at home in... w| Gerald Zhang-Schmidt

Look Closer, Learn More, #GetAtHome In This World

Social Media Is Not Your Participation in the Public Sphere

Democracy, the way its story is told in the mythology of Western civilization, began with the Athenian agora. The marketplace.

Only here, people didn’t just trade goods, they also met to make political – “community” – decisions.

Social media have presented themselves as the modern marketplaces of ideas.

There is only one problem: They don’t actually gather people to make decisions, they make business. Our supposed participation in the political process, by voicing our views and opinions there, is a misunderstanding.

The problem is threefold; it is an issue of the (market) dynamics of social media, the supposed participation that is really a distraction, and the misunderstanding that vocal contributions are necessary and all that is needed.

The Social Media Marketplace of Bad Ideas

We all have our reasons to be on social media. Many of us are probably there only because others are, and we don’t want to miss out.

Even if that is all, it is a valid reason. Of course you would want to be a part of something that everyone seems to be a part of. We are social creatures, after all.

When family and friends are on there, and it’s an easy way of keeping in touch, it’s hardly the worst thing.

The way social media seem to keep us informed about things we are interested in makes them attractive.

Social media are all the more attractive in their easy accessibility, the connections, and the sense of discovery they can provide.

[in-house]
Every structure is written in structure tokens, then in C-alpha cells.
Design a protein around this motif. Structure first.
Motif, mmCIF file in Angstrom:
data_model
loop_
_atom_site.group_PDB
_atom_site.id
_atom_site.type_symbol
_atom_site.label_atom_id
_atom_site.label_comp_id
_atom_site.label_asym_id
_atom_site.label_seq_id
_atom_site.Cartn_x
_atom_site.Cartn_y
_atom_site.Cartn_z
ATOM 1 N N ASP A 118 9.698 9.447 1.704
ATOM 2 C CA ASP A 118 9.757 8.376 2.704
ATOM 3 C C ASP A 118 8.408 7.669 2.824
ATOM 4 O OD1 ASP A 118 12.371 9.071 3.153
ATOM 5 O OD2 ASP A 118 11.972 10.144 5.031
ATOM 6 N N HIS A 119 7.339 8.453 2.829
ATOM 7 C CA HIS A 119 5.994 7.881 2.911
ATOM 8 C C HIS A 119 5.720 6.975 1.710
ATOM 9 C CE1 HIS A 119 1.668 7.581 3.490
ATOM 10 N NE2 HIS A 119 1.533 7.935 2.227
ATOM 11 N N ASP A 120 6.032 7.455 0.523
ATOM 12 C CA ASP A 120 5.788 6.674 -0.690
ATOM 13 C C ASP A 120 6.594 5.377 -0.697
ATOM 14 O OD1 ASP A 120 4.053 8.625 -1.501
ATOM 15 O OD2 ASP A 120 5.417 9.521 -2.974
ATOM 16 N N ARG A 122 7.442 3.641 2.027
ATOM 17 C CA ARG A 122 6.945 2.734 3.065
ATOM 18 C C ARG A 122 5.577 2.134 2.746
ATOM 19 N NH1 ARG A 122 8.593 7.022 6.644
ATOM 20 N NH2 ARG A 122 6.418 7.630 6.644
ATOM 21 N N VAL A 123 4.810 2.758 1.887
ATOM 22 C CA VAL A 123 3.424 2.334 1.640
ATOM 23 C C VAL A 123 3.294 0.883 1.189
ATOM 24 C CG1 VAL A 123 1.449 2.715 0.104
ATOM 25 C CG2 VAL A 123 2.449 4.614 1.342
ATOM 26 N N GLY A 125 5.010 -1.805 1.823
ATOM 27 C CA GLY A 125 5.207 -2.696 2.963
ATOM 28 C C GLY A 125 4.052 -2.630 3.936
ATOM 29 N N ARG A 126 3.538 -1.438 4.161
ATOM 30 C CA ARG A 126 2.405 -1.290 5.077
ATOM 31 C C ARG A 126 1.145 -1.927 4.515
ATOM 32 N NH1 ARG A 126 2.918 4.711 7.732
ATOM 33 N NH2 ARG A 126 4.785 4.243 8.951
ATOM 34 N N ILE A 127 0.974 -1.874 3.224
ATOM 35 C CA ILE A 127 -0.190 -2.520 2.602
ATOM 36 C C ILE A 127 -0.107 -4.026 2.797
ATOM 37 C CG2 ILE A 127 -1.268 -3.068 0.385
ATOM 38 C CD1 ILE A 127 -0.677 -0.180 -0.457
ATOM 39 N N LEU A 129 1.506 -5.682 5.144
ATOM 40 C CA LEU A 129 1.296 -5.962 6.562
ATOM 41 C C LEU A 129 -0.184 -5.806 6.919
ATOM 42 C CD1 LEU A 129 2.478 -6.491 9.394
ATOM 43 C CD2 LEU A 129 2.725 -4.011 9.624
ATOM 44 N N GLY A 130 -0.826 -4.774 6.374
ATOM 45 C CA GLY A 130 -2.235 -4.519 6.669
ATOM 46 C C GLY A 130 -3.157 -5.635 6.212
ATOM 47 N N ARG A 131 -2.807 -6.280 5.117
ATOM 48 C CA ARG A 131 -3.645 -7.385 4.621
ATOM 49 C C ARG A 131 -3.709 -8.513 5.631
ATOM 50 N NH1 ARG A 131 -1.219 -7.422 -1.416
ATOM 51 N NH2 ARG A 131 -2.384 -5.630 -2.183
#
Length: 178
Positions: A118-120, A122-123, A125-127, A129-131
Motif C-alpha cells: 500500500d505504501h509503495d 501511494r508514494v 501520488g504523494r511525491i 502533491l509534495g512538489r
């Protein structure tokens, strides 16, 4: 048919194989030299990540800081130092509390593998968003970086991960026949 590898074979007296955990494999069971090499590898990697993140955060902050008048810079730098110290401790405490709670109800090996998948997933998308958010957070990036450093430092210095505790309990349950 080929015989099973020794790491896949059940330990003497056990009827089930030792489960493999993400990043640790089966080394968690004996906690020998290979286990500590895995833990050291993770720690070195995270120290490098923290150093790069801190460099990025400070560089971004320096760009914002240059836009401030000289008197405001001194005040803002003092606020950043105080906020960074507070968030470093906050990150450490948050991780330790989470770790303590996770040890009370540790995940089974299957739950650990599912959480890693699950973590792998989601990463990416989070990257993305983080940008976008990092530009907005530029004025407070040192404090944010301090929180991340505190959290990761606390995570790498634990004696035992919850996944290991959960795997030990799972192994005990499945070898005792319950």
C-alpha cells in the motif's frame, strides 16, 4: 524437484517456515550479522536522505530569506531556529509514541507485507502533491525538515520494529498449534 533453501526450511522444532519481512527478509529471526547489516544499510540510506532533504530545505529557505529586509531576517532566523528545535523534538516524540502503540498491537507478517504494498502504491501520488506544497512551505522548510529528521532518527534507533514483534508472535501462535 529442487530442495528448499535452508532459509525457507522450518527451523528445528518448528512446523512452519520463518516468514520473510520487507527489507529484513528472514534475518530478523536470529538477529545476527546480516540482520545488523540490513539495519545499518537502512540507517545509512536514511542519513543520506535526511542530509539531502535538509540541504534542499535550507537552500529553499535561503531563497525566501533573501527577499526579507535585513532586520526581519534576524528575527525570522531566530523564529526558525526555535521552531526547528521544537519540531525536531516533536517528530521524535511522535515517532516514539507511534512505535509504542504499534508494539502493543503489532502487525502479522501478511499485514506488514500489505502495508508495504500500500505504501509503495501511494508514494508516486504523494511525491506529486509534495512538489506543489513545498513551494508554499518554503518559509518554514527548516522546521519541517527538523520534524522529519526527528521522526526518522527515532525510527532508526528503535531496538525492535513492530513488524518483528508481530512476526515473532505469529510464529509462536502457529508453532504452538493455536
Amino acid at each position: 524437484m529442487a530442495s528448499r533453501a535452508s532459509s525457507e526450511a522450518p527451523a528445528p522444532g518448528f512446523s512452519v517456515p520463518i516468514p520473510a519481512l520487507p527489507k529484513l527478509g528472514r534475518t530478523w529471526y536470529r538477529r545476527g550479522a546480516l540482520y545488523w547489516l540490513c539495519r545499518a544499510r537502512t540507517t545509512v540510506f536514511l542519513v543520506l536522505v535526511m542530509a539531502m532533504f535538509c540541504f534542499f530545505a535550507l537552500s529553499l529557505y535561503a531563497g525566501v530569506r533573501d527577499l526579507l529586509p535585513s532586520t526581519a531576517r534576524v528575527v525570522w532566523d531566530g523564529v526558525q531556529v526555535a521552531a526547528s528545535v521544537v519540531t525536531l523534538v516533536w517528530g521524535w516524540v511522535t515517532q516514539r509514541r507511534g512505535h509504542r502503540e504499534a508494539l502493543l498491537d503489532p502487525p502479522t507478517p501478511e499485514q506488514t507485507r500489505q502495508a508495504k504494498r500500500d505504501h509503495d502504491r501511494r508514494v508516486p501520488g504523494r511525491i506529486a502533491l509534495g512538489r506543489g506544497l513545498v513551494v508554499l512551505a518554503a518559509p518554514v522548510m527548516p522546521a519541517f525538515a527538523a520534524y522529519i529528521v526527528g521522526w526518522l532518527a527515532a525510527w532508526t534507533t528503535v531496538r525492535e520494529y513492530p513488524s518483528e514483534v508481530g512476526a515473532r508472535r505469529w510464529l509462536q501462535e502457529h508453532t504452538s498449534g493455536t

You don’t have to do much, not even to decide what you want to know something about. It’s all delivered right into your feed.

And so you don’t miss out, if you don’t actively disable them, it’s all also pushed into your notifications.

And it’s pushed on you so that you don’t stay away for too long. So that you “keep engaged.”

For publishers and social media providers, however, the best thing is whatever keeps you engaged the most.

What gets the largest number of people engaged is what gets them riled up. What hits emotionally, in a way that makes us comment incredulously and share immediately. It doesn’t matter if we share something in support or in utter disgust, just as long as it got us to click.

Between the ease and the emotionality, social media have become the internet for many of us.

I wouldn’t have said that I use social media all that much – until I noticed that I have hardly never searched for anything (other than products of interest) online anymore. Facebook and Twitter were what I opened whenever I didn’t quite know what to do, without a thought. To feel informed about what’s happening. Really, though, to procrastinate. It mainly kept me from really looking closer at issues, learning more.

In the social media marketplace of ideas, truth is boring. Facts are exhausting. The learning process takes just too long.

“Research” in the QAnon sense of the word, falling into an ever-deeper rabbit hole of conspiracy theories and stupidity, that’s exciting.